[Twisted-Python] Re: Getting Stories Straight (RPYs)

Glyph Lefkowitz glyph at twistedmatrix.com
Wed Jun 25 15:22:37 EDT 2003

On Wednesday, June 25, 2003, at 09:40 AM, W.J. wrote:

>>> You don't want to bounce offline all users currently using the IMAP 
>>> and
>>> IRC servers every time you make a small change to a web page.
>> If you're doing development on the live server the users are using,
>> bouncing them off every now and then is a good way to let them know
>> they are morons for using such a sketchy server.
> Very much in the same way that moving a chair or changing a lightbulb
> is reason enough for kicking everyone out of the building.

I think there is a slight miscommunication in terms of what is meant by 
'every time you make a small change'.  I get the impression that what 
is being said here is:

	<moshez> you should not be doing your development on a live server.
	<W.J.> so you're saying I shouldn't be able to load updates on a live 

One of Twisted's original design goals was _fast server restart_, 
because restarting the server is pretty much inevitable if you want to 
make substantial changes; I wanted to make it super-easy for developers 
to bounce their servers every minute while making minor changes.  I 
even had a 'bounce my Twisted server' key in emacs for a while when I 
was working on a more deeply interactive system than I am now.  This 
was based on some pretty bitter experience with a server that I was 
coding on at the time which took almost an hour to start up.  EJB 
servers also have this problem; it's not just that you have to restart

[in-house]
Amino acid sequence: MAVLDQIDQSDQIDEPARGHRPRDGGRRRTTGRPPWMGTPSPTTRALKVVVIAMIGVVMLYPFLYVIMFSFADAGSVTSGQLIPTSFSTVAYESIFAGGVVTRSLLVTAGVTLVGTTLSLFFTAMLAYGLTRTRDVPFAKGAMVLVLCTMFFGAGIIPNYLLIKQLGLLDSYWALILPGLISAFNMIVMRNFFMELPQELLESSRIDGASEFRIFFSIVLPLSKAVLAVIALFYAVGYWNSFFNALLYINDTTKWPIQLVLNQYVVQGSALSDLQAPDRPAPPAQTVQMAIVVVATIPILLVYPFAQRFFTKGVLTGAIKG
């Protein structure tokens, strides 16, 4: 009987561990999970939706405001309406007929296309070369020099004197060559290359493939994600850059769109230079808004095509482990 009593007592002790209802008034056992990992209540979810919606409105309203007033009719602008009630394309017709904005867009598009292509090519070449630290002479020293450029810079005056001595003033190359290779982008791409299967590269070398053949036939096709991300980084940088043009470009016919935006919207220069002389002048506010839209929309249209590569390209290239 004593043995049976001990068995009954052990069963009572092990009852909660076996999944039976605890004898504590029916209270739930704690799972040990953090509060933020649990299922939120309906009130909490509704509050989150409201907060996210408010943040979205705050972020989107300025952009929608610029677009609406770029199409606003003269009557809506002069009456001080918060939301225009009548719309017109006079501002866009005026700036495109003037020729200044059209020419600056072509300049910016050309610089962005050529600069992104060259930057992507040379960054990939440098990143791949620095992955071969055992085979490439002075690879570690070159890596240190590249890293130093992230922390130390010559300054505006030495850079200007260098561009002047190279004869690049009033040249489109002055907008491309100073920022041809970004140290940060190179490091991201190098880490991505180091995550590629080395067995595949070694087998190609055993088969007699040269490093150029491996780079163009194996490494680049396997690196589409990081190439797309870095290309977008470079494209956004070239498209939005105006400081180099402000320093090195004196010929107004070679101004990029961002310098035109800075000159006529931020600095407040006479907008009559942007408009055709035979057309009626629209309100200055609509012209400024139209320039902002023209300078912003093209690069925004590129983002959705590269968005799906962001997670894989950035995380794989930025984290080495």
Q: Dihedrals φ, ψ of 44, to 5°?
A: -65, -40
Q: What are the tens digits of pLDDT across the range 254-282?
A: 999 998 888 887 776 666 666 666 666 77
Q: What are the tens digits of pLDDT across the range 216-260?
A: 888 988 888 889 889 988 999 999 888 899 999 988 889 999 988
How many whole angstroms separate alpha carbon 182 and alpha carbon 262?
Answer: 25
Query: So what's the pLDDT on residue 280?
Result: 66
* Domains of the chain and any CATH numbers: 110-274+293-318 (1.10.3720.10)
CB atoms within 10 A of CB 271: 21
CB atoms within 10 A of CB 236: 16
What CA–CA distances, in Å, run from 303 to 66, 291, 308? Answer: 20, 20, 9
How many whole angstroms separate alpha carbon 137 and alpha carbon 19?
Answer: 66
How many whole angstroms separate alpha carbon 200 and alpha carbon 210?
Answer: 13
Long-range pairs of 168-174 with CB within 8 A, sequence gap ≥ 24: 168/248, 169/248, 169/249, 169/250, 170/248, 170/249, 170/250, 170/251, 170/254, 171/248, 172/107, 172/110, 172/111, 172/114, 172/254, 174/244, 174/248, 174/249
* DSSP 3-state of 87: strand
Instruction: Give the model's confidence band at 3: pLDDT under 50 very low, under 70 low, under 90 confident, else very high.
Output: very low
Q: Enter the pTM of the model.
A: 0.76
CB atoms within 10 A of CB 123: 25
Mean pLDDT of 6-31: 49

them, it's that you have to _wait_ when they restart.

Another design goal is _restart-free code reload_, which you can see 
still in twisted.python.rebuild, because I know there are times when a 
deployed server needs to be fixed _right now_ and although it can lose 
a few seconds of time, it could not brook an interruption of service.

The choice of how you do your development with these tools is really a 
matter of taste, and I don't have any feelings about it one way or 
another; however, deployment is contingent upon how reliable restart 
vs. reload is.

You should NEVER make live server code changes without first setting up 
a test environment, making the changes, testing the changes, and then 
bringing up an OLD server environment and testing the upgrade path from 
one version to the other however you intend to do it live.

Python's reloading is handy, but dangerous, and Twisted's 'rebuild' 
utility adds to both the power and the danger.  If you use Python's 
reload() thinking it will simply update your server to the most recent 
code revision, you will be in for a nasty shock when you find that 
objects using both the new AND the old code are still around, 
isinstance() will fail sometimes for instances of a particular class, 
and tracebacks have incorrect code in them.

rebuild() 'does more' for you, however, it can still be surprising.  
You may find that objects which were previously initialized to a 
consistent state are now missing attributes which the new code expects 
the initializer to set.  You may find that objects that were old-style 
and are now new-style simply didn't reload.  It has been too long since 
I've looked at the code to remember every dark corner, but there are 
definitely things that can be made to fail.  You have to be careful 
with what kinds of changes you load, and understand how the change will 
interact with the existing code and objects you're updating.

So, despite the conveniences that Twisted can provide for you, you 
can't escape the inevitable software reality that "Development", 
"Test", and "Production" should be three completely separate 
installations on which you can perform upgrades independently, in a way 
suitable to their purpose.  Anything less will result in an unstable 
production environment where, whether you like it or not, your users 
will all fall out of a 30th story window every time you change a 
certain lightbulb.

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